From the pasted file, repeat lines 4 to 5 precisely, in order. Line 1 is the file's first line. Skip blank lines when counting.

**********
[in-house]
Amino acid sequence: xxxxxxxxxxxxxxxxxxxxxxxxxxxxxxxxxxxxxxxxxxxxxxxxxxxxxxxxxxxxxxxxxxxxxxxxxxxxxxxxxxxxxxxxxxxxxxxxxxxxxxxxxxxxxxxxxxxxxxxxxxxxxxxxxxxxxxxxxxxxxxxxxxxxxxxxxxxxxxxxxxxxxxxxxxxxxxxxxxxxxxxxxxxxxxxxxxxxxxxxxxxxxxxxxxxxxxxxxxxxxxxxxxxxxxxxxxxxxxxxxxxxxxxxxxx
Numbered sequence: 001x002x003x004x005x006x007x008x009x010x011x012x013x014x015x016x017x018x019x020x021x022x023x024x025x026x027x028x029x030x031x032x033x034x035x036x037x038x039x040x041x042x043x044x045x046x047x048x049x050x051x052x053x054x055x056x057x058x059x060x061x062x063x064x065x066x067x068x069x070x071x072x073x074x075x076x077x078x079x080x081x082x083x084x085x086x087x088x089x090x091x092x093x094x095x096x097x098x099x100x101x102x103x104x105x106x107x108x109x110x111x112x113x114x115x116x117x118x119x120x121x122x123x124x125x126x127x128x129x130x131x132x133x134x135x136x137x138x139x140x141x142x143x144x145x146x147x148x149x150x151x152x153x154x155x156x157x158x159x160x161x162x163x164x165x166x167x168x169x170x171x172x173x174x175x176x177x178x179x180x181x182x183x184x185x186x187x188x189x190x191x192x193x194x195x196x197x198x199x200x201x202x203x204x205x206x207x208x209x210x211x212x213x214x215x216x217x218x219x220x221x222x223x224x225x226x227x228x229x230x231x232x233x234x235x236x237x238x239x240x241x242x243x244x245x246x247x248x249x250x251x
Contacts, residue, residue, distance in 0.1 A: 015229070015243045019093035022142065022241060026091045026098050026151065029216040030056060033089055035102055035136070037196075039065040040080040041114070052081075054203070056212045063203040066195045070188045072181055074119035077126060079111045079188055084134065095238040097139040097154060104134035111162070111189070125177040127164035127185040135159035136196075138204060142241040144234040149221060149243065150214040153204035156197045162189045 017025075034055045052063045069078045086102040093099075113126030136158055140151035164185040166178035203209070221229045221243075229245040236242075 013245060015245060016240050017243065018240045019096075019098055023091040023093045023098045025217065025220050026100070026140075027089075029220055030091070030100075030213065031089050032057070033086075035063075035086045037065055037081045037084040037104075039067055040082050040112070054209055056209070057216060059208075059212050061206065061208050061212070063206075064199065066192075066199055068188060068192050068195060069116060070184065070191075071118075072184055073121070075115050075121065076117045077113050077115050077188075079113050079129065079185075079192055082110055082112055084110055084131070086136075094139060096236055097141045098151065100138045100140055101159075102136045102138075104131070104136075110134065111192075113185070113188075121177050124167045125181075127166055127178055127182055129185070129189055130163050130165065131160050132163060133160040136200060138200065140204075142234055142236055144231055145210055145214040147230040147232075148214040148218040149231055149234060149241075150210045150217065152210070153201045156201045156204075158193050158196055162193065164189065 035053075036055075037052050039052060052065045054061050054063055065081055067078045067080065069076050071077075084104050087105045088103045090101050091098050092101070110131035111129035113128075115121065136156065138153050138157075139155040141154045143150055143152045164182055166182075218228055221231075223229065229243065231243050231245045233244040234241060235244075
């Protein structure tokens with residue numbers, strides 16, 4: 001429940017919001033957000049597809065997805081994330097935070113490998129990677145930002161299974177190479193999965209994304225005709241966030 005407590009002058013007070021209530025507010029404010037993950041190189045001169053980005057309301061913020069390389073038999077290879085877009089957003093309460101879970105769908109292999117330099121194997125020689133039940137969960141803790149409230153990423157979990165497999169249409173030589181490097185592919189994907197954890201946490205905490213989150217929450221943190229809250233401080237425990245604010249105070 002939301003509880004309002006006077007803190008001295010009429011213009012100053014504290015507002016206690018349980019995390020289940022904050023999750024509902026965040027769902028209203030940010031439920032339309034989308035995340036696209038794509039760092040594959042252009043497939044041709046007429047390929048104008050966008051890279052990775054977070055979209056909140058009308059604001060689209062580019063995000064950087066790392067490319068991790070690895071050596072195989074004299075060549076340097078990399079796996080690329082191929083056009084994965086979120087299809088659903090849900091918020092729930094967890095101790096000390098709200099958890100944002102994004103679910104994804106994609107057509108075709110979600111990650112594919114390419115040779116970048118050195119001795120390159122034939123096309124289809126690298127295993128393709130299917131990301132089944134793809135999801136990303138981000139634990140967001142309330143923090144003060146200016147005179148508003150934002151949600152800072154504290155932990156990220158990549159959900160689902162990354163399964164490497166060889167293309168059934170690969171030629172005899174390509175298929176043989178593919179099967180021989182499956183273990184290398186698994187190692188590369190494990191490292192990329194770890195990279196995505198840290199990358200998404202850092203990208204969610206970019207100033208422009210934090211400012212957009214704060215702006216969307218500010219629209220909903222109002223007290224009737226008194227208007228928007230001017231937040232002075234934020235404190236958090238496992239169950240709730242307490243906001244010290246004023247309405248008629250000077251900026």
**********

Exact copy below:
Contacts, residue, residue, distance in 0.1 A: 015229070015243045019093035022142065022241060026091045026098050026151065029216040030056060033089055035102055035136070037196075039065040040080040041114070052081075054203070056212045063203040066195045070188045072181055074119035077126060079111045079188055084134065095238040097139040097154060104134035111162070111189070125177040127164035127185040135159035136196075138204060142241040144234040149221060149243065150214040153204035156197045162189045 017025075034055045052063045069078045086102040093099075113126030136158055140151035164185040166178035203209070221229045221243075229245040236242075 013245060015245060016240050017243065018240045019096075019098055023091040023093045023098045025217065025220050026100070026140075027089075029220055030091070030100075030213065031089050032057070033086075035063075035086045037065055037081045037084040037104075039067055040082050040112070054209055056209070057216060059208075059212050061206065061208050061212070063206075064199065066192075066199055068188060068192050068195060069116060070184065070191075071118075072184055073121070075115050075121065076117045077113050077115050077188075079113050079129065079185075079192055082110055082112055084110055084131070086136075094139060096236055097141045098151065100138045100140055101159075102136045102138075104131070104136075110134065111192075113185070113188075121177050124167045125181075127166055127178055127182055129185070129189055130163050130165065131160050132163060133160040136200060138200065140204075142234055142236055144231055145210055145214040147230040147232075148214040148218040149231055149234060149241075150210045150217065152210070153201045156201045156204075158193050158196055162193065164189065 035053075036055075037052050039052060052065045054061050054063055065081055067078045067080065069076050071077075084104050087105045088103045090101050091098050092101070110131035111129035113128075115121065136156065138153050138157075139155040141154045143150055143152045164182055166182075218228055221231075223229065229243065231243050231245045233244040234241060235244075
């Protein structure tokens with residue numbers, strides 16, 4: 001429940017919001033957000049597809065997805081994330097935070113490998129990677145930002161299974177190479193999965209994304225005709241966030 005407590009002058013007070021209530025507010029404010037993950041190189045001169053980005057309301061913020069390389073038999077290879085877009089957003093309460101879970105769908109292999117330099121194997125020689133039940137969960141803790149409230153990423157979990165497999169249409173030589181490097185592919189994907197954890201946490205905490213989150217929450221943190229809250233401080237425990245604010249105070 002939301003509880004309002006006077007803190008001295010009429011213009012100053014504290015507002016206690018349980019995390020289940022904050023999750024509902026965040027769902028209203030940010031439920032339309034989308035995340036696209038794509039760092040594959042252009043497939044041709046007429047390929048104008050966008051890279052990775054977070055979209056909140058009308059604001060689209062580019063995000064950087066790392067490319068991790070690895071050596072195989074004299075060549076340097078990399079796996080690329082191929083056009084994965086979120087299809088659903090849900091918020092729930094967890095101790096000390098709200099958890100944002102994004103679910104994804106994609107057509108075709110979600111990650112594919114390419115040779116970048118050195119001795120390159122034939123096309124289809126690298127295993128393709130299917131990301132089944134793809135999801136990303138981000139634990140967001142309330143923090144003060146200016147005179148508003150934002151949600152800072154504290155932990156990220158990549159959900160689902162990354163399964164490497166060889167293309168059934170690969171030629172005899174390509175298929176043989178593919179099967180021989182499956183273990184290398186698994187190692188590369190494990191490292192990329194770890195990279196995505198840290199990358200998404202850092203990208204969610206970019207100033208422009210934090211400012212957009214704060215702006216969307218500010219629209220909903222109002223007290224009737226008194227208007228928007230001017231937040232002075234934020235404190236958090238496992239169950240709730242307490243906001244010290246004023247309405248008629250000077251900026």